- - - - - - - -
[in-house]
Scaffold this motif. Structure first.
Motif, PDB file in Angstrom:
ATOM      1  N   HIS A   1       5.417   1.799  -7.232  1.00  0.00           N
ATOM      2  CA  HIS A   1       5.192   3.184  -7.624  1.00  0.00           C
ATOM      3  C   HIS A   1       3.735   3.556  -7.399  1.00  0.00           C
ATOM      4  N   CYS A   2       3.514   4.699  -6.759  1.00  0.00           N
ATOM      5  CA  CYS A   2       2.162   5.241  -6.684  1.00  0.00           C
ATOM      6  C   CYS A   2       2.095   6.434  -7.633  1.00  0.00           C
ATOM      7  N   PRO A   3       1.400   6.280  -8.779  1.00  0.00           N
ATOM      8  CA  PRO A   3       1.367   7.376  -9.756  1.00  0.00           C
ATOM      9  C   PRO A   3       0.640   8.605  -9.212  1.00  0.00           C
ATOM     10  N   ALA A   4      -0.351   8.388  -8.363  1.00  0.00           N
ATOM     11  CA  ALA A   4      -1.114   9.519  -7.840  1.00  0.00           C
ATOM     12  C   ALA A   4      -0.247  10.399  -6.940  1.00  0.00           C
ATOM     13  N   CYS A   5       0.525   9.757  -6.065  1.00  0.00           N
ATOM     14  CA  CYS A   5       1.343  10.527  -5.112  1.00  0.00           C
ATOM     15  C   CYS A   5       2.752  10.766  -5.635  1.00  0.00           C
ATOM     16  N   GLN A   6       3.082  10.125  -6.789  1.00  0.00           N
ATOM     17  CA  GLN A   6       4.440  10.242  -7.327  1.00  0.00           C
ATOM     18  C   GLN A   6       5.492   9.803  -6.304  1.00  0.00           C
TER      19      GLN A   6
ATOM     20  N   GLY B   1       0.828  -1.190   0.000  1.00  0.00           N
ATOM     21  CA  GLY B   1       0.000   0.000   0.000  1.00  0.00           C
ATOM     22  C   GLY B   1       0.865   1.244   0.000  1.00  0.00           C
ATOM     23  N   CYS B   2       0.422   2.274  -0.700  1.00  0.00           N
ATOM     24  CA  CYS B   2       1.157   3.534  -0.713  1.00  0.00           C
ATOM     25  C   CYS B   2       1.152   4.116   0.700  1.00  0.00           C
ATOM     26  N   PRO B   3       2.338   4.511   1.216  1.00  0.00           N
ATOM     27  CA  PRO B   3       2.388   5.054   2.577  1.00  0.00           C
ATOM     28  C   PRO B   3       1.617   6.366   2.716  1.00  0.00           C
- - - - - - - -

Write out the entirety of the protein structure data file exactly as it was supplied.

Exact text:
[in-house]
Scaffold this motif. Structure first.
Motif, PDB file in Angstrom:
ATOM      1  N   HIS A   1       5.417   1.799  -7.232  1.00  0.00           N
ATOM      2  CA  HIS A   1       5.192   3.184  -7.624  1.00  0.00           C
ATOM      3  C   HIS A   1       3.735   3.556  -7.399  1.00  0.00           C
ATOM      4  N   CYS A   2       3.514   4.699  -6.759  1.00  0.00           N
ATOM      5  CA  CYS A   2       2.162   5.241  -6.684  1.00  0.00           C
ATOM      6  C   CYS A   2       2.095   6.434  -7.633  1.00  0.00           C
ATOM      7  N   PRO A   3       1.400   6.280  -8.779  1.00  0.00           N
ATOM      8  CA  PRO A   3       1.367   7.376  -9.756  1.00  0.00           C
ATOM      9  C   PRO A   3       0.640   8.605  -9.212  1.00  0.00           C
ATOM     10  N   ALA A   4      -0.351   8.388  -8.363  1.00  0.00           N
ATOM     11  CA  ALA A   4      -1.114   9.519  -7.840  1.00  0.00           C
ATOM     12  C   ALA A   4      -0.247  10.399  -6.940  1.00  0.00           C
ATOM     13  N   CYS A   5       0.525   9.757  -6.065  1.00  0.00           N
ATOM     14  CA  CYS A   5       1.343  10.527  -5.112  1.00  0.00           C
ATOM     15  C   CYS A   5       2.752  10.766  -5.635  1.00  0.00           C
ATOM     16  N   GLN A   6       3.082  10.125  -6.789  1.00  0.00           N
ATOM     17  CA  GLN A   6       4.440  10.242  -7.327  1.00  0.00           C
ATOM     18  C   GLN A   6       5.492   9.803  -6.304  1.00  0.00           C
TER      19      GLN A   6
ATOM     20  N   GLY B   1       0.828  -1.190   0.000  1.00  0.00           N
ATOM     21  CA  GLY B   1       0.000   0.000   0.000  1.00  0.00           C
ATOM     22  C   GLY B   1       0.865   1.244   0.000  1.00  0.00           C
ATOM     23  N   CYS B   2       0.422   2.274  -0.700  1.00  0.00           N
ATOM     24  CA  CYS B   2       1.157   3.534  -0.713  1.00  0.00           C
ATOM     25  C   CYS B   2       1.152   4.116   0.700  1.00  0.00           C
ATOM     26  N   PRO B   3       2.338   4.511   1.216  1.00  0.00           N
ATOM     27  CA  PRO B   3       2.388   5.054   2.577  1.00  0.00           C
ATOM     28  C   PRO B   3       1.617   6.366   2.716  1.00  0.00           C